It was the beginning of a minor-league journey that sent Parrilla across the country from Pawtucket to Portland — 11 teams, six leagues, and three levels of play (A, AA, AAA). He ended his career in the AAA Mexican League with the Chihuahua Dorados in 1973.
Parrilla played his first five years and part of the sixth for the Indians organization. With Burlington (North Carolina) of the Class A Carolina League in 1964, he got more opportunities (135 games) as his batting blossomed. Parrilla broke .300 for the first of four seasons, hitting .315, drawing 91 walks, and knocking in 77 runs. He also led the league in triples (14). After the season, the Greensboro Daily News named him to its league All-Star team.5
In the winter of 1964-65, Parrilla returned to his native land to play winter ball for the first of six seasons. He hit .227 with no homers and 7 RBIS in 75 at-bats for the Arecibo Lobos. Back in the States, 1965 brought a change to Parrilla — two changes, actually. He was initially promoted to the AA Reading (Pennsylvania) Indians in the Eastern League, but his 1964 average dropped steeply, to .244 in 53 games. He found his groove with the Salinas Indians in the Class A California League, batting .299 in 43 games.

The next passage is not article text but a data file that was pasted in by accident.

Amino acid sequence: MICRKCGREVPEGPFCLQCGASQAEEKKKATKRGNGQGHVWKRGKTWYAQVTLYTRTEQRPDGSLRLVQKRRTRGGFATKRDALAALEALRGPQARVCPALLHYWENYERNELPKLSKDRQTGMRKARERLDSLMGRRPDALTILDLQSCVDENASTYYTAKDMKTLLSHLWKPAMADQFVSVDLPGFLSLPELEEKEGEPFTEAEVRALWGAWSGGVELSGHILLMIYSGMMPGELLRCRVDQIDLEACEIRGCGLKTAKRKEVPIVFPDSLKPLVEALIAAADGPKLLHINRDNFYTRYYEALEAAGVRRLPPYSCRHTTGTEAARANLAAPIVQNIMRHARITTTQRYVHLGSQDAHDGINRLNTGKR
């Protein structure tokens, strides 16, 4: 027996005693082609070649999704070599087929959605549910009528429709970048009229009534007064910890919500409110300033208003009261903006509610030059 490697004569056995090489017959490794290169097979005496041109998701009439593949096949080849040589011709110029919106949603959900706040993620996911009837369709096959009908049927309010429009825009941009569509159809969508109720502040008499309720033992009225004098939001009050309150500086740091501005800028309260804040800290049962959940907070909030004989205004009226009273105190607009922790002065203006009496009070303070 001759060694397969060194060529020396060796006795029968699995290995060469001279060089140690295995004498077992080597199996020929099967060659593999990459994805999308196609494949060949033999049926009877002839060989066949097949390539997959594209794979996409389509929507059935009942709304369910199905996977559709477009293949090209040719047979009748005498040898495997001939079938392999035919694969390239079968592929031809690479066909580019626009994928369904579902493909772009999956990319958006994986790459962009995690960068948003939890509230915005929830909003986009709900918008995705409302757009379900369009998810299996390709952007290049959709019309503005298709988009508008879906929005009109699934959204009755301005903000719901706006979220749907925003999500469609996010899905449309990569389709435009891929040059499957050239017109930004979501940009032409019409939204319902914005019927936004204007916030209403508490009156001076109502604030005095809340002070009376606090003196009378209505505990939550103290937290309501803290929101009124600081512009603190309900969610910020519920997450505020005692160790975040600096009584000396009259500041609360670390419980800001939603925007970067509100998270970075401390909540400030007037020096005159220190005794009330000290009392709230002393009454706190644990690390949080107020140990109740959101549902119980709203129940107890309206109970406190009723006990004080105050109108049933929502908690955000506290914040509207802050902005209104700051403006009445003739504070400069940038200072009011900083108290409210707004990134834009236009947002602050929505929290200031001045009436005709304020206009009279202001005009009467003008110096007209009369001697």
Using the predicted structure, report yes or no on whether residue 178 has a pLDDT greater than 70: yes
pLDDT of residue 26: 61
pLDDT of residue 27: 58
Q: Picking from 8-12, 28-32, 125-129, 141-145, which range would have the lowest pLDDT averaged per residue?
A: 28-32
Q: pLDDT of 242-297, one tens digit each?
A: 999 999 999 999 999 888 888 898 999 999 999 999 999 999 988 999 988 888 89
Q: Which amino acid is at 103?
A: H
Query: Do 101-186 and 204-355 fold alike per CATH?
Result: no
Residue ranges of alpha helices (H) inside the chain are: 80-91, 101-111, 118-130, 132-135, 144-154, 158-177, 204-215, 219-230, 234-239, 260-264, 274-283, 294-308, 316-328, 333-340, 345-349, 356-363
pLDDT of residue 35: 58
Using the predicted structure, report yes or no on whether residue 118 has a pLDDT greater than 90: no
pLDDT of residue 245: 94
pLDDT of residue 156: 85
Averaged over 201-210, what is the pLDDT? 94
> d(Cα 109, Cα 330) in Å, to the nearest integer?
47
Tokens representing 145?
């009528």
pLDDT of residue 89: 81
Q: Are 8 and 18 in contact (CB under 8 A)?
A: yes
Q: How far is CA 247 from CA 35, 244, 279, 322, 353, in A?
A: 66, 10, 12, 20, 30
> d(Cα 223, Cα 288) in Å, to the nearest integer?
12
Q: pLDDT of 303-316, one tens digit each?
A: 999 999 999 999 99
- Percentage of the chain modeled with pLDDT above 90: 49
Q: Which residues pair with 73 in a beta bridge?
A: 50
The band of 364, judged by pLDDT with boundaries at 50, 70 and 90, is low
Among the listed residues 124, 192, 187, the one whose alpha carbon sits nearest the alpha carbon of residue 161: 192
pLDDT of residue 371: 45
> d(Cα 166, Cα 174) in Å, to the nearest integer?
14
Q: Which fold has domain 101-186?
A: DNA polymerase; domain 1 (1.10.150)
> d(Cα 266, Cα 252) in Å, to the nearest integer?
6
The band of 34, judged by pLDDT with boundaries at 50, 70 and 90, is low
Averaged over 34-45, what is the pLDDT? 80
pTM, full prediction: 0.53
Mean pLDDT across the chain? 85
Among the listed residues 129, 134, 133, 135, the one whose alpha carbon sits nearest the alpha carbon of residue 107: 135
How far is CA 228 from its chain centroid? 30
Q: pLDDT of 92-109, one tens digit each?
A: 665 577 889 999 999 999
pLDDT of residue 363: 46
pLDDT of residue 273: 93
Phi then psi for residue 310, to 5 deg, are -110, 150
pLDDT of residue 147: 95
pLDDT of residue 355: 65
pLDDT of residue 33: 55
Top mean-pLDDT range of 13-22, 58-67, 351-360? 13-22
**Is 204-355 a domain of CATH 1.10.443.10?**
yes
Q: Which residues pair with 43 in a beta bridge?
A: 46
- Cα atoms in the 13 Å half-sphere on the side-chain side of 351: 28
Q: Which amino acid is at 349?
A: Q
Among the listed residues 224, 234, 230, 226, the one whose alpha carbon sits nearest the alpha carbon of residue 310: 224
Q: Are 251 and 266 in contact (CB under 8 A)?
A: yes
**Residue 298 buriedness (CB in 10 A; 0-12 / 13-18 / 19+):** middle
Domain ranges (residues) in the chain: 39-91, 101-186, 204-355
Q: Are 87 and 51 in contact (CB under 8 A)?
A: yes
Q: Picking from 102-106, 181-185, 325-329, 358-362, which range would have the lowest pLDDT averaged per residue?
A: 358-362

After another winter with Arecibo (7-24-.233 in 146 at-bats), Parrilla returned to the Eastern League for 1966. Cleveland’s affiliate there had become Pawtucket, Rhode Island. There was more playing time — 113 games — but he couldn’t break .250 at the plate. Parrilla hit .242 with 8 homers and 45 RBIs while striking out 91 times.
A good winter season with Arecibo ensued: 5-29-.281 in 231 at-bats, the most he ever received in Puerto Rico. The summer of 1967 brought a jump from AA to AAA, an improvement at the plate, and a shift in parent teams for the Brooklyn-raised prospect. Early in the season, he was with the Yankees’ affiliate in the International League, the Syracuse Chiefs. He batted .125 in eight games and then rejoined the Indians system (implying that he might have been on loan to Syracuse). Parrilla played 85 games for the Portland Beavers in the AAA Pacific Coast League. He didn’t quite break .300, but he got fairly close with a .283 average to go with five homers and 29 RBIs.